The Tampa Bay Buccaneers ended the first day of the draft by using their third-round selection on New Mexico linebacker Quincy Black, who is one of the most athletic players in the draft.

Black, who was the 68th overall pick of the 2007 NFL Draft, ran a 4.45 at the NFL Scouting Combine in Indianapolis and opened eyes with a 42-inch vertical jump. The 6-foot-1, 240-pound physical specimen impressed scouts by posting 24 reps of 225 pounds.

Black’s numbers on the field were quite impressive, too. He has a career total of 195 tackles, three forced fumbles, four interceptions (two returned for touchdowns), nine pass breakups and 1.5 sacks at New Mexico. In 2006, Black had 114 tackles and three interceptions, including one returned 88 yards for a touchdown.

As a freshman defensive end at Harper Junior College in 2003, Black recorded 88 tackles, 28.5 tackles for loss and 16.5 sacks.

While at New Mexico, Black played the “Lobo” linebacker, which is safety-linebacker hybrid position that allowed him to play a lot in coverage. Chicago Bears Pro Bowl middle linebacker Brian Urlacher popularized the position while he was at New Mexico.

“It’s a scheme people refer to as the Urlacher scheme, where he’s kind of a robber playing in a semi-deep middle linebacker position or shallow free safety position,” said Bucs head coach Jon Gruden. “They allowed him to run sideline-to-sideline and make plays. It’s not a defense that’s conventional in terms of other teams running it. It’s the same position Brian [Urlacher] played when he was at New Mexico, and it worked out okay for him. But he’s accustomed to playing a little bit deeper than a linebacker normally does and a little bit shallower than a normal free safety does. And they try to use his speed to get sideline-to-sideline and make plays, and he does a pretty good job of that.”

Gruden indicated that Black’s speed and athleticism jumped out on film and those are two traits the Bucs crave at the linebacker position.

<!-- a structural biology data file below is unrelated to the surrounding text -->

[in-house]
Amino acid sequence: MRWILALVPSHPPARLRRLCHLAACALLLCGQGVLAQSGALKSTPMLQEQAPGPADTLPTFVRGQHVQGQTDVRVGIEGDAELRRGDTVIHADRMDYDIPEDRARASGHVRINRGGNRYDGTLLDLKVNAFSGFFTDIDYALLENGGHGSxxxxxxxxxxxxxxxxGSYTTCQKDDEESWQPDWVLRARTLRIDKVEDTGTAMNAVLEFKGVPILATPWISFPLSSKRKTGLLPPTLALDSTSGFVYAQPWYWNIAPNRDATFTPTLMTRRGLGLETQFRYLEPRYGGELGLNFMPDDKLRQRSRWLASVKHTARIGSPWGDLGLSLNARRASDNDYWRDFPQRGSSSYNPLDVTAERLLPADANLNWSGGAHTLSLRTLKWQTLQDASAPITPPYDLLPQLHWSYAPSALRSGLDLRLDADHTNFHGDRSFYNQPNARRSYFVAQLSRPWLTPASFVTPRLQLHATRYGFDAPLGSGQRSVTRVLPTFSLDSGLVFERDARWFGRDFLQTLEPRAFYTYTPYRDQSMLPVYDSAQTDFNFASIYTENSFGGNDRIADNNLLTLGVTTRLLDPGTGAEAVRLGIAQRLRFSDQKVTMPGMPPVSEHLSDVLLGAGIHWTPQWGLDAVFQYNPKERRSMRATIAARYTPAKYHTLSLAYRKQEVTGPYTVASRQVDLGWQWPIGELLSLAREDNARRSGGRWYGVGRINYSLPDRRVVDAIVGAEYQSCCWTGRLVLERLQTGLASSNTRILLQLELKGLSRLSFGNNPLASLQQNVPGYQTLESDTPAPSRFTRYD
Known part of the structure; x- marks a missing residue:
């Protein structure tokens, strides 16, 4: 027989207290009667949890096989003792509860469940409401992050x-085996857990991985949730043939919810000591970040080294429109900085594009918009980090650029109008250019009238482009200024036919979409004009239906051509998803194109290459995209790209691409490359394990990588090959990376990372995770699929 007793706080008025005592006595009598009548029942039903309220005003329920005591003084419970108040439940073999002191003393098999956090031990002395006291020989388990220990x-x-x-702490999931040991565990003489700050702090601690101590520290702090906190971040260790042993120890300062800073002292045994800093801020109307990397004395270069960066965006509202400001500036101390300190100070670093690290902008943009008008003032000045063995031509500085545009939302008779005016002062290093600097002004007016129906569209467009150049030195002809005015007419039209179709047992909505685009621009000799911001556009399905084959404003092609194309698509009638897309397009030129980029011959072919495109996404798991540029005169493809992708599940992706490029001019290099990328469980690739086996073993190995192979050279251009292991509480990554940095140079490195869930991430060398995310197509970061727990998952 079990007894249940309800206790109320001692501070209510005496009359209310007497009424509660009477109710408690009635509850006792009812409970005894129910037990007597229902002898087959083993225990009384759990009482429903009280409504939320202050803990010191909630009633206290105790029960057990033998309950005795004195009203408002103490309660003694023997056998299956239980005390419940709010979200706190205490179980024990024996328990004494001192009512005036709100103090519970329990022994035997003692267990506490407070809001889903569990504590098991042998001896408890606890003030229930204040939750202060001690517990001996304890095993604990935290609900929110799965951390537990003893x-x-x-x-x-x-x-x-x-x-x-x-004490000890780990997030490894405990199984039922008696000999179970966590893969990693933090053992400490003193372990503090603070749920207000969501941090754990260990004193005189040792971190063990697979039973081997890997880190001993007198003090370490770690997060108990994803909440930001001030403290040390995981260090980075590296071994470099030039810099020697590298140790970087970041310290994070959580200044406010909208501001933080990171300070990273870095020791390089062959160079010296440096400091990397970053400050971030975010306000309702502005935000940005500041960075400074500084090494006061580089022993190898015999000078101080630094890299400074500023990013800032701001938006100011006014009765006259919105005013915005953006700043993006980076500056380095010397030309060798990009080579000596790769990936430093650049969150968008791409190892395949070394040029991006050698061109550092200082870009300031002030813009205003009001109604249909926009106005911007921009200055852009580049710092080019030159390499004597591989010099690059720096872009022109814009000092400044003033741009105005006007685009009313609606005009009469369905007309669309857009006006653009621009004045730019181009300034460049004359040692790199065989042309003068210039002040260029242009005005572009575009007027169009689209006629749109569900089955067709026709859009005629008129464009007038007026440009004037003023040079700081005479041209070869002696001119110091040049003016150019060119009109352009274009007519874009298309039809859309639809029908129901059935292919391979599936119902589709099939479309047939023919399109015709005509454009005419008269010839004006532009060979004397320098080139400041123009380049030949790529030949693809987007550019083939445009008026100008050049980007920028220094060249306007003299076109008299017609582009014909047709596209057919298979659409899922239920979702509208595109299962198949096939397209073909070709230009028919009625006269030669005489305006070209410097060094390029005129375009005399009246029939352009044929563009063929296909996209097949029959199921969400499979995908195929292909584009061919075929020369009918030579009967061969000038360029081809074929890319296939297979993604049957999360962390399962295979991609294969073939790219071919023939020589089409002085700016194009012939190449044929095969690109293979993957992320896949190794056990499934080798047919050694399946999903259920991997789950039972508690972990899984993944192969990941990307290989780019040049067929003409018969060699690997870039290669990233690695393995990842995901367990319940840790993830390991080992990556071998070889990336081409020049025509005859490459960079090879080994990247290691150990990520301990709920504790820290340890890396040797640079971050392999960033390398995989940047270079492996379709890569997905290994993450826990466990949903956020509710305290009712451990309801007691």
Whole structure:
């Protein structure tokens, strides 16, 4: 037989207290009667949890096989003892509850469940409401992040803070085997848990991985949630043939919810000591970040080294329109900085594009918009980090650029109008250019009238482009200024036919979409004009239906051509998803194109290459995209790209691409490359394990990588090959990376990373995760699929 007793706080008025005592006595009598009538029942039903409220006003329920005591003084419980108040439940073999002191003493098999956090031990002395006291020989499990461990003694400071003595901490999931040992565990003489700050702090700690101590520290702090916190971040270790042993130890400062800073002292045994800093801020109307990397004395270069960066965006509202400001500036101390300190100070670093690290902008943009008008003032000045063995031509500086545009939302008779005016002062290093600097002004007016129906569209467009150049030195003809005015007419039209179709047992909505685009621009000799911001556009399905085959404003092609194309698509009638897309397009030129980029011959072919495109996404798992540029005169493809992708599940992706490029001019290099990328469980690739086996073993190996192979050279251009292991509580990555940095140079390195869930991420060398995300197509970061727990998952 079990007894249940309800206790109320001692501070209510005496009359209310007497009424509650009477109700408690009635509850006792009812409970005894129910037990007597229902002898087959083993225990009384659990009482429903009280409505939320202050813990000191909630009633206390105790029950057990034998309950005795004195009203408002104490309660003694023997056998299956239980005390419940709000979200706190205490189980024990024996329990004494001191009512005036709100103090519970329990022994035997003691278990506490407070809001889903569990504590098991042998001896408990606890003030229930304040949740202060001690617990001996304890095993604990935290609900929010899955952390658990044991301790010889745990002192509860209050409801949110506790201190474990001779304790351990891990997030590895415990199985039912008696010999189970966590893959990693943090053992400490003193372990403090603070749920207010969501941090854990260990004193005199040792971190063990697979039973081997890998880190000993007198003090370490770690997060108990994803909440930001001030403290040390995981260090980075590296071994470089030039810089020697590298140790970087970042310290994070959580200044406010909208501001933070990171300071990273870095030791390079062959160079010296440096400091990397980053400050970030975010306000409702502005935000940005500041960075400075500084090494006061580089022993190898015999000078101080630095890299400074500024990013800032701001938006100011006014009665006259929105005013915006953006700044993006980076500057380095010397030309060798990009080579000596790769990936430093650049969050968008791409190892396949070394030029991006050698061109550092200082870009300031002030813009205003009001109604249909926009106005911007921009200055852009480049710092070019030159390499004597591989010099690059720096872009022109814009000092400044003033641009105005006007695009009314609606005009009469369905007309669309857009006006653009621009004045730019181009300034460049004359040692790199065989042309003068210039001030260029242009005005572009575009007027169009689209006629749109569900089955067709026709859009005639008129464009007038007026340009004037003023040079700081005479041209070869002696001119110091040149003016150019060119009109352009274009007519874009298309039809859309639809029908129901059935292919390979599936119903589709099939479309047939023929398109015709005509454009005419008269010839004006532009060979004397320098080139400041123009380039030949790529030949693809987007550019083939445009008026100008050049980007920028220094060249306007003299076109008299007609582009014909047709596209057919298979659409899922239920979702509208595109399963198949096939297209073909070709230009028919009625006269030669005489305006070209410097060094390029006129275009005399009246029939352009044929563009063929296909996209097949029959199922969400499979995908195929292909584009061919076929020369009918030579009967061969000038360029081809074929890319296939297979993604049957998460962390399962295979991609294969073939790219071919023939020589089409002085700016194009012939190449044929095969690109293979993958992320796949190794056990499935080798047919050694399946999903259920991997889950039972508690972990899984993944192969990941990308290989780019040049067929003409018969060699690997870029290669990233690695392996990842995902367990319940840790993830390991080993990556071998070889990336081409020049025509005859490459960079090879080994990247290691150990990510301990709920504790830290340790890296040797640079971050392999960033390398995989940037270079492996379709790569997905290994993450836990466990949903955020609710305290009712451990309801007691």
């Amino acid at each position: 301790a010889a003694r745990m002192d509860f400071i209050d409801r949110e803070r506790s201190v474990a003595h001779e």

“I think he’s going to be an outside linebacker,” Gruden said. “I think Barrett Ruud will start off for us as the middle linebacker. Cato [June] obviously comes in and gives us more speed, I think some versatility in the nickel. And so will this guy, Quincy Black. It’s a good, exciting time upstairs, especially for the defensive guys. They got three guys – one a pass rusher who can be great, a safety man who’s a playmaker who will certainly help us and a linebacker who can do a lot of things for us on any down.

“Whether he starts off at WILL or as the SAM linebacker, technically, remains to be seen. But we’ll let him run around in our first mini-camp this upcoming weekend and get a real good feel for him, and what looks good, what feels good and go from there. But he’ll be on the field doing some things for us. He’s an exciting guy. You’re going to like the way he runs around and hits, and we need it.”

Black is far from a finished product. He is still raw in some areas of his game and has a tendency to miss some tackles. But Gruden said that his physical abilities can make up for some of his mistakes, and he likes the fact that he could help Tampa Bay’s pass rush as a linebacker or someone like Patrick Chukwurah, who puts their hand on the ground as an edge rusher.

“He’s a rare athlete,” Gruden said of Black. “I think once we harness it a little bit towards one position just to get him taught, the basics and the fundamentals of what we want done, it will help him. He’s going to be a creative player who we can use creatively, whether it be blitz and covering on special teams. When you run a 4.4 and like to hit, those are the guys that we want around here.

“I think he’s put his hands down in certain situations in nickel and rush, much like Trent Cole from Philadelphia. Some of the smaller guys get a different size rusher that runs 4.4. He goes to the combine, I don’t know how strong he is, but he’s one of the stronger guys in Indianapolis. He’s a great kid. He wants to be here and he wants to be a football player. With his traits and his overall athletic ability, we’re going to be hard-pressed not to put him on the field.”

Black, who had a pre-draft visit to Tampa Bay, was excited to be drafted by the Buccaneers.

“I came up there for a visit and I spent a lot of time with the coaching staff up there,” Black said. “I felt that I left a very good impression on them.

“I feel happy to have the opportunity to get drafted and play for an NFL team, the Buccaneers, and the defense that they run, I think it’s a good fit – I think it’s a great fit.”

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About the Author: Scott Reynolds

Scott Reynolds is in his 25th year of covering the Tampa Bay Buccaneers as the vice president, publisher and senior Bucs beat writer for Author of the popular SR's Fab 5 column on Fridays, Reynolds oversees web development and forges marketing partnerships for in addition to his editorial duties. A graduate of Kansas State University in 1995, Reynolds spent six years giving back to the community as the defensive line coach for his sons' Pop Warner team, the South Pasco Predators. Reynolds can be reached at: [email protected]
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